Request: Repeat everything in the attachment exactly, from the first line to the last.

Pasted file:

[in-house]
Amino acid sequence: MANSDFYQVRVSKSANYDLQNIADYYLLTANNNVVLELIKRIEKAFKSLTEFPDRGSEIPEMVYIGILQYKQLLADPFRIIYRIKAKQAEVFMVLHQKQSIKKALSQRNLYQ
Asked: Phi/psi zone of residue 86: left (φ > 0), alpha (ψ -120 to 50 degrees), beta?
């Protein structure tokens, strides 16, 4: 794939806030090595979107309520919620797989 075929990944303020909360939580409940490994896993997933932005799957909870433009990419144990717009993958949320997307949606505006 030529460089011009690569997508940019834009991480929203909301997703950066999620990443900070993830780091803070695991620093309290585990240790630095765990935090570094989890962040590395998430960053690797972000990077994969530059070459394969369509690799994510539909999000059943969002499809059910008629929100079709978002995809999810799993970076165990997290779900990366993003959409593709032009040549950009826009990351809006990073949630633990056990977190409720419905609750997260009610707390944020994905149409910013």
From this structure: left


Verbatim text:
[in-house]
Amino acid sequence: MANSDFYQVRVSKSANYDLQNIADYYLLTANNNVVLELIKRIEKAFKSLTEFPDRGSEIPEMVYIGILQYKQLLADPFRIIYRIKAKQAEVFMVLHQKQSIKKALSQRNLYQ
Asked: Phi/psi zone of residue 86: left (φ > 0), alpha (ψ -120 to 50 degrees), beta?
């Protein structure tokens, strides 16, 4: 794939806030090595979107309520919620797989 075929990944303020909360939580409940490994896993997933932005799957909870433009990419144990717009993958949320997307949606505006 030529460089011009690569997508940019834009991480929203909301997703950066999620990443900070993830780091803070695991620093309290585990240790630095765990935090570094989890962040590395998430960053690797972000990077994969530059070459394969369509690799994510539909999000059943969002499809059910008629929100079709978002995809999810799993970076165990997290779900990366993003959409593709032009040549950009826009990351809006990073949630633990056990977190409720419905609750997260009610707390944020994905149409910013």
From this structure: left